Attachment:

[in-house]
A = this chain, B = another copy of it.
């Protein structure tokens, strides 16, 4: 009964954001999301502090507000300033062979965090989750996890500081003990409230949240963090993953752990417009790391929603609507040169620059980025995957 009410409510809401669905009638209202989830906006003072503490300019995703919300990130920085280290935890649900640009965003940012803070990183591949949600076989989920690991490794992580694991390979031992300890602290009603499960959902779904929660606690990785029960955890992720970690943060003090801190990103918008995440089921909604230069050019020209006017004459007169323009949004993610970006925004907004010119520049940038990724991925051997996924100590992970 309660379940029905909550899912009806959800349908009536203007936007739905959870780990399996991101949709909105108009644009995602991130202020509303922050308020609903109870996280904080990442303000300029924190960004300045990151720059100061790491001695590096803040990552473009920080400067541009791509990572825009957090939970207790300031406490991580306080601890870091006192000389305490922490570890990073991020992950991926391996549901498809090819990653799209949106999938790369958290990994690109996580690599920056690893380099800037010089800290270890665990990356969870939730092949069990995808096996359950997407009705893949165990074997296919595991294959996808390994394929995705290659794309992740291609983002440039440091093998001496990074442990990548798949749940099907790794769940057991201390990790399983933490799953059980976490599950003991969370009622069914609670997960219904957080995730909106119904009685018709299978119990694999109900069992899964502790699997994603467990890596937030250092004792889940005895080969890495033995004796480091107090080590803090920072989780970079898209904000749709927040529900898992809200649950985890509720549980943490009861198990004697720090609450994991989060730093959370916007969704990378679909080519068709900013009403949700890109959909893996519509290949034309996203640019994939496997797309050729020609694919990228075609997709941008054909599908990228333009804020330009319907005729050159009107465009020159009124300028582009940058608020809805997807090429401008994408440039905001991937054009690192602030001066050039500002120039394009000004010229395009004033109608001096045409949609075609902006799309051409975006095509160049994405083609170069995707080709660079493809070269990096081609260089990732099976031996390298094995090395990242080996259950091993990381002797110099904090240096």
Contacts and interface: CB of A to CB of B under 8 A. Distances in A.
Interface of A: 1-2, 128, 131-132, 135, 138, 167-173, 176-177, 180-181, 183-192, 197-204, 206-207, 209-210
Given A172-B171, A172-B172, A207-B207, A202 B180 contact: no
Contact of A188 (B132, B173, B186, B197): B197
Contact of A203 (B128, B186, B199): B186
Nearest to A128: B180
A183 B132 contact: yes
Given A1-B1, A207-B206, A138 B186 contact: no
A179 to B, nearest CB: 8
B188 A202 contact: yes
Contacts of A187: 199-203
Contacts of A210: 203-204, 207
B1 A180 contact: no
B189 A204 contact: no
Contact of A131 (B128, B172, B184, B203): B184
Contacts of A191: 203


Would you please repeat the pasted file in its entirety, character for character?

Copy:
[in-house]
A = this chain, B = another copy of it.
């Protein structure tokens, strides 16, 4: 009964954001999301502090507000300033062979965090989750996890500081003990409230949240963090993953752990417009790391929603609507040169620059980025995957 009410409510809401669905009638209202989830906006003072503490300019995703919300990130920085280290935890649900640009965003940012803070990183591949949600076989989920690991490794992580694991390979031992300890602290009603499960959902779904929660606690990785029960955890992720970690943060003090801190990103918008995440089921909604230069050019020209006017004459007169323009949004993610970006925004907004010119520049940038990724991925051997996924100590992970 309660379940029905909550899912009806959800349908009536203007936007739905959870780990399996991101949709909105108009644009995602991130202020509303922050308020609903109870996280904080990442303000300029924190960004300045990151720059100061790491001695590096803040990552473009920080400067541009791509990572825009957090939970207790300031406490991580306080601890870091006192000389305490922490570890990073991020992950991926391996549901498809090819990653799209949106999938790369958290990994690109996580690599920056690893380099800037010089800290270890665990990356969870939730092949069990995808096996359950997407009705893949165990074997296919595991294959996808390994394929995705290659794309992740291609983002440039440091093998001496990074442990990548798949749940099907790794769940057991201390990790399983933490799953059980976490599950003991969370009622069914609670997960219904957080995730909106119904009685018709299978119990694999109900069992899964502790699997994603467990890596937030250092004792889940005895080969890495033995004796480091107090080590803090920072989780970079898209904000749709927040529900898992809200649950985890509720549980943490009861198990004697720090609450994991989060730093959370916007969704990378679909080519068709900013009403949700890109959909893996519509290949034309996203640019994939496997797309050729020609694919990228075609997709941008054909599908990228333009804020330009319907005729050159009107465009020159009124300028582009940058608020809805997807090429401008994408440039905001991937054009690192602030001066050039500002120039394009000004010229395009004033109608001096045409949609075609902006799309051409975006095509160049994405083609170069995707080709660079493809070269990096081609260089990732099976031996390298094995090395990242080996259950091993990381002797110099904090240096």
Contacts and interface: CB of A to CB of B under 8 A. Distances in A.
Interface of A: 1-2, 128, 131-132, 135, 138, 167-173, 176-177, 180-181, 183-192, 197-204, 206-207, 209-210
Given A172-B171, A172-B172, A207-B207, A202 B180 contact: no
Contact of A188 (B132, B173, B186, B197): B197
Contact of A203 (B128, B186, B199): B186
Nearest to A128: B180
A183 B132 contact: yes
Given A1-B1, A207-B206, A138 B186 contact: no
A179 to B, nearest CB: 8
B188 A202 contact: yes
Contacts of A187: 199-203
Contacts of A210: 203-204, 207
B1 A180 contact: no
B189 A204 contact: no
Contact of A131 (B128, B172, B184, B203): B184
Contacts of A191: 203